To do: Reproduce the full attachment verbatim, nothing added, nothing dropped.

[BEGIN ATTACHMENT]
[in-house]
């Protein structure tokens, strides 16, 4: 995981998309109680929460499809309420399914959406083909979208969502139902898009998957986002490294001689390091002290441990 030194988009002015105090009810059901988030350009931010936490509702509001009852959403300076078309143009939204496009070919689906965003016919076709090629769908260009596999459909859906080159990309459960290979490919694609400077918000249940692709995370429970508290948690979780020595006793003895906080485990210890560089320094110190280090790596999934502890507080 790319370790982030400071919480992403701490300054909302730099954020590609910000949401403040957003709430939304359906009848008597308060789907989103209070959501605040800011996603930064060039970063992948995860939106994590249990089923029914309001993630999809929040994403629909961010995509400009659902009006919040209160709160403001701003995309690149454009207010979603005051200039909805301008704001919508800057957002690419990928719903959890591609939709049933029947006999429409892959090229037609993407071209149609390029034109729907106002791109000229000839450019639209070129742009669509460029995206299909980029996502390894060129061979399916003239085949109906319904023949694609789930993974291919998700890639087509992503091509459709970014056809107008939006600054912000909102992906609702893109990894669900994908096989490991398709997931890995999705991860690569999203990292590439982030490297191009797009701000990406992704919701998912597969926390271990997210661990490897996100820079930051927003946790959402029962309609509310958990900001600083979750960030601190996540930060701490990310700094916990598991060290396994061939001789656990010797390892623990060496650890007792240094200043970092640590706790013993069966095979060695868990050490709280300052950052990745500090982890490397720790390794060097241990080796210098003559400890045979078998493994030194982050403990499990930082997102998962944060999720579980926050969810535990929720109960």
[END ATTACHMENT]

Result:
[in-house]
């Protein structure tokens, strides 16, 4: 995981998309109680929460499809309420399914959406083909979208969502139902898009998957986002490294001689390091002290441990 030194988009002015105090009810059901988030350009931010936490509702509001009852959403300076078309143009939204496009070919689906965003016919076709090629769908260009596999459909859906080159990309459960290979490919694609400077918000249940692709995370429970508290948690979780020595006793003895906080485990210890560089320094110190280090790596999934502890507080 790319370790982030400071919480992403701490300054909302730099954020590609910000949401403040957003709430939304359906009848008597308060789907989103209070959501605040800011996603930064060039970063992948995860939106994590249990089923029914309001993630999809929040994403629909961010995509400009659902009006919040209160709160403001701003995309690149454009207010979603005051200039909805301008704001919508800057957002690419990928719903959890591609939709049933029947006999429409892959090229037609993407071209149609390029034109729907106002791109000229000839450019639209070129742009669509460029995206299909980029996502390894060129061979399916003239085949109906319904023949694609789930993974291919998700890639087509992503091509459709970014056809107008939006600054912000909102992906609702893109990894669900994908096989490991398709997931890995999705991860690569999203990292590439982030490297191009797009701000990406992704919701998912597969926390271990997210661990490897996100820079930051927003946790959402029962309609509310958990900001600083979750960030601190996540930060701490990310700094916990598991060290396994061939001789656990010797390892623990060496650890007792240094200043970092640590706790013993069966095979060695868990050490709280300052950052990745500090982890490397720790390794060097241990080796210098003559400890045979078998493994030194982050403990499990930082997102998962944060999720579980926050969810535990929720109960």